Ted Steinberg's essay, "Down to Earth: Nature, Agency, and Power in History," American Historical Review (June 2002) takes on the history profession by arguing that historians generally place nature in the background of human history, rarely recognizing how powerful nature is in human affairs.  I found his article powerful in its arguments, and I highly recommend it.  The essay and an online discussion between members of the American Historical Association held between September 2 and 23 is available at http://www.deanza.fhda.edu/faculty/williams/steinberg.html.

Http://www.nahste.ac.uk/, Navigational Aids for the History of Science, Technology and the Environment, is a project cataloguing archival collections and Web resources for the history of science, technology and the environment that is based in Edinburgh in the U.K.

Garden and Forest: A Journal of Horticulture, Landscape Art, and Forestry (1888-1897) was the first American journal devoted to horticulture, botany, landscape design and preservation, national and urban park development, scientific forestry, and the conservation of forest resources. It is a wonderful resource dealing with late-19th Century attitudes about people's relationship to nature.  The Library of Congress has produced a digital reproduction of all ten volumes, comprising 8,400 pages and over 1,000 photographs and other illustrations.  Surf to:  http://lcweb.loc.gov/preserv/prd/gardfor/gfhome.html.

One of the best history of technology museums in the country is the Henry Ford Museum & Greenfield Village, which has a site at http://www.hfmgv.org/.

For almost a quarter-century, Congress ran the Office of Technology Assessment.  All its publications and many other materials are at http://www.wws.princeton.edu/~ota/.

The Museum of Jurassic Technology, at http://www.mjt.org/, will test your ability to discern between fact and fantasy.  Is this a real museum, or is it a joke?  Check it out in person the next time you’re in L.A.

Professor Carolyn Merchant at U.C. Berkeley maintains an excellent and comprehensive Web site on environmental history covering general topics, the United States, California, and more -- all with links elsewhere.  Surf to http://www.CNR.Berkeley.EDU/departments/espm/env-hist/.

Water supply, sanitation, and plumbing history is a particularly interesting in terms of the human/nature connection.  The history of plumbing website http://www.plumbingsupply.com/pmtoilet.html, offers good information this topic, including the myth and reality of Thomas Crapper, who, despite popular views, did not invent the flush toilet

What to do with modern society's waste is a wide-ranging problem.  Josh Silverman, a historian at Carnegie-Mellon University, offers good insights in "Radioactive waste management: an environmental history lesson for engineers (and others)," which can be found at http://www.ce.cmu.edu/GreenDesign/edradiocase.html.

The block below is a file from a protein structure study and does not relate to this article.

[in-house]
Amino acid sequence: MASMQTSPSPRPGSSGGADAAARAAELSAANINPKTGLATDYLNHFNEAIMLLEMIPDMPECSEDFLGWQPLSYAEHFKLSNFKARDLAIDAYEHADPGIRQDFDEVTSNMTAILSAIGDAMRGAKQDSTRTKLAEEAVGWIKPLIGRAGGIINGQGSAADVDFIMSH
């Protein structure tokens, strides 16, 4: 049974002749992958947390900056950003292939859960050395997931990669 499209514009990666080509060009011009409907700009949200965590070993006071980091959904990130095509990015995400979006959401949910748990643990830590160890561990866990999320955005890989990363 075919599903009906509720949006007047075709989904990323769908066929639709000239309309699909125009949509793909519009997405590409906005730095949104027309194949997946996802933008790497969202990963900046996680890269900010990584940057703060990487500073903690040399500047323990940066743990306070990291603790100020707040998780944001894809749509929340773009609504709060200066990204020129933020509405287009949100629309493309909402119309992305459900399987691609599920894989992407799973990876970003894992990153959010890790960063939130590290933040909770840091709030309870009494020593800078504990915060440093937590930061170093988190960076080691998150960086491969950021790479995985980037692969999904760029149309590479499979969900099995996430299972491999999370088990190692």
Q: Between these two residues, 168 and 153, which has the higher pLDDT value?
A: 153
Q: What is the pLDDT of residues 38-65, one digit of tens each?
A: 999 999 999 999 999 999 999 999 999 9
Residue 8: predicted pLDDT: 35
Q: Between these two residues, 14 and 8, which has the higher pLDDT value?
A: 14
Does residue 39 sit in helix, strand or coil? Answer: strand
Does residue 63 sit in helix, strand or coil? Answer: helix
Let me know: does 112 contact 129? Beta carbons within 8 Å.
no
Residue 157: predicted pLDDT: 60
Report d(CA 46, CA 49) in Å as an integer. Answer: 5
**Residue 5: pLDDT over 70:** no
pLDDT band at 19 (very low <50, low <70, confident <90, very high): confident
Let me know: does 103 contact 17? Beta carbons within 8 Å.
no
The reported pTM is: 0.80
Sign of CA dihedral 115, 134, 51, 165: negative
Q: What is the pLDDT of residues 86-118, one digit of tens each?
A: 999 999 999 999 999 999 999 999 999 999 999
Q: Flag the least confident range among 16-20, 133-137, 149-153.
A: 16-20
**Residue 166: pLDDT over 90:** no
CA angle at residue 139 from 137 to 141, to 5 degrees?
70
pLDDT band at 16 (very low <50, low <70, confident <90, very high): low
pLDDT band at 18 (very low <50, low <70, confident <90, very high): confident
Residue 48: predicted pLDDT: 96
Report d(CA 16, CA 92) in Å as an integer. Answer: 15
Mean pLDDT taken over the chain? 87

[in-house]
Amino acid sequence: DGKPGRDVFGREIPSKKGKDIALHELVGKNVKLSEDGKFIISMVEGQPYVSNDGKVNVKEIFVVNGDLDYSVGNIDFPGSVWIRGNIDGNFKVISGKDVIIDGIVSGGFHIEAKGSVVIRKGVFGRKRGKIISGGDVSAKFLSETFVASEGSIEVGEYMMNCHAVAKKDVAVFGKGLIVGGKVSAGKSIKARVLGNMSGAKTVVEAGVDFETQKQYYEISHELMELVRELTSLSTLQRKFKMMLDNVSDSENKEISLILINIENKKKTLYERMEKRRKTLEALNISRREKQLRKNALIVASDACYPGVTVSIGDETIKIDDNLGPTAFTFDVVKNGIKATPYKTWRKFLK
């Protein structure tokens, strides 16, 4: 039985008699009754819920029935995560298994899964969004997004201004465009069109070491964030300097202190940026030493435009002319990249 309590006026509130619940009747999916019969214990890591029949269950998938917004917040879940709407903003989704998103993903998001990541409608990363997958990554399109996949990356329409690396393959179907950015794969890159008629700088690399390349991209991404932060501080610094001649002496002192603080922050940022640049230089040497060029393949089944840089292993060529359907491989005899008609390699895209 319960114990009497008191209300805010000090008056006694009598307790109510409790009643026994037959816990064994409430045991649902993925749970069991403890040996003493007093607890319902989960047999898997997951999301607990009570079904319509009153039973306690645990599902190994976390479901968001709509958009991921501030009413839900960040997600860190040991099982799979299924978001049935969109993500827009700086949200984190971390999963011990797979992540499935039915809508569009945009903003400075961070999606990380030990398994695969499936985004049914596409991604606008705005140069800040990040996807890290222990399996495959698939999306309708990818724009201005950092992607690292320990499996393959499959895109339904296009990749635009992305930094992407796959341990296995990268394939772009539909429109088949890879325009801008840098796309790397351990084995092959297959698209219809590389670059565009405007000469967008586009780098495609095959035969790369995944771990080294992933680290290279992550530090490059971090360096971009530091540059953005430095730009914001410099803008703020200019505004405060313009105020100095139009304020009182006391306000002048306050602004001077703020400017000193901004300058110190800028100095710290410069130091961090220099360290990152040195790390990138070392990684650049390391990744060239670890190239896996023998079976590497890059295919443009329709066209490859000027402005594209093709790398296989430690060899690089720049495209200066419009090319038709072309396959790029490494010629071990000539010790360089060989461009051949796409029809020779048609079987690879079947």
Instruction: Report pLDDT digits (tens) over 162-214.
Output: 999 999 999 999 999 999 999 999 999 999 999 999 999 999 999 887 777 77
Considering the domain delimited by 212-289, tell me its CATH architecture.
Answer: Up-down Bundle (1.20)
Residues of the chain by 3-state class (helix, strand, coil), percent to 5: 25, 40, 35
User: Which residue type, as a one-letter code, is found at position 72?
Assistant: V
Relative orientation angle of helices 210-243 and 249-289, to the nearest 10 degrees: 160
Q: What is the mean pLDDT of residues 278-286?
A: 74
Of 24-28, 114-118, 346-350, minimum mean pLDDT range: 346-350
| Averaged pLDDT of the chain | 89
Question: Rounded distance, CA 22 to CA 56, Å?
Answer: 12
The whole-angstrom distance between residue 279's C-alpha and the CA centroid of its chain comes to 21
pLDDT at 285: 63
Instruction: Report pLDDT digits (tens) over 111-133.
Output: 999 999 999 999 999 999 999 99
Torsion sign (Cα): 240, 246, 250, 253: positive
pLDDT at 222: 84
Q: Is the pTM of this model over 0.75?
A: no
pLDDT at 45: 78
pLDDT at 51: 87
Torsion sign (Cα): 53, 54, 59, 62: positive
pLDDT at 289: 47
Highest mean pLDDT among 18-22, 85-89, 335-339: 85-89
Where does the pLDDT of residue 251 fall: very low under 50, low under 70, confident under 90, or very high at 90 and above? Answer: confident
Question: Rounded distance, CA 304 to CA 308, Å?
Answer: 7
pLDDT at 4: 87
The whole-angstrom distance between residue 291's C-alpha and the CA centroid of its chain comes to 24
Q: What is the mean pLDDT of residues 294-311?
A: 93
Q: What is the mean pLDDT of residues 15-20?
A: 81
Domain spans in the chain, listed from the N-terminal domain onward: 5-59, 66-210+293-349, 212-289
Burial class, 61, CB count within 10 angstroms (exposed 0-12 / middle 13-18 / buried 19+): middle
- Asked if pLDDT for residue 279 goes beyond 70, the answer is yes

The Engines of Our Ingenuity is a radio program that tells the story of how culture is formed by human creativity. Written and hosted by John Lienhard, it is heard nationally on Public Radio and produced by KUHF-FM Houston.  Lienhard has produced over 1700 episodes, and the site is fully indexed and can be searched with keywords.  I highly recommend it: http://www.uh.edu/engines/engines.htm.

For Latin America, graduate students at Stanford University have created a great online bibliography.  Be sure to visit it by going to http://www.stanford.edu/group/LAEH/.

The Wooden Canoe Heritage Association offers an interesting look at efforts to save traditional transport techniques in North America.  Visit it at  http://www.wcha.org/

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California History

Right here on De Anza’s campus is a gem, the California History Center and Foundation in the Trianon Building, across the sunken garden from the Student Center.  Its Web site is http://www.calhistory.org/.

The California Council for the Promotion of History is at http://www.csus.edu/org/ccph/.

Http://www.californiahistoricalsociety.org/main.html is the site of the official state historical society.

California History Online is run by the California historical society and is an excellent site: http://www.californiahistory.net/.

The complexities of Los Angeles history are well worth exploring.  Phil Ethington at U.S.C. offers a great multimedia essay on the subject.  Surf your way to http://cwis.usc.edu/dept/LAS/history/historylab/LAPUHK/index.html.

The Oakland Museum’s California History collection is one of the best in the state.Visit its site at http://www.museumca.org/global/history/index.html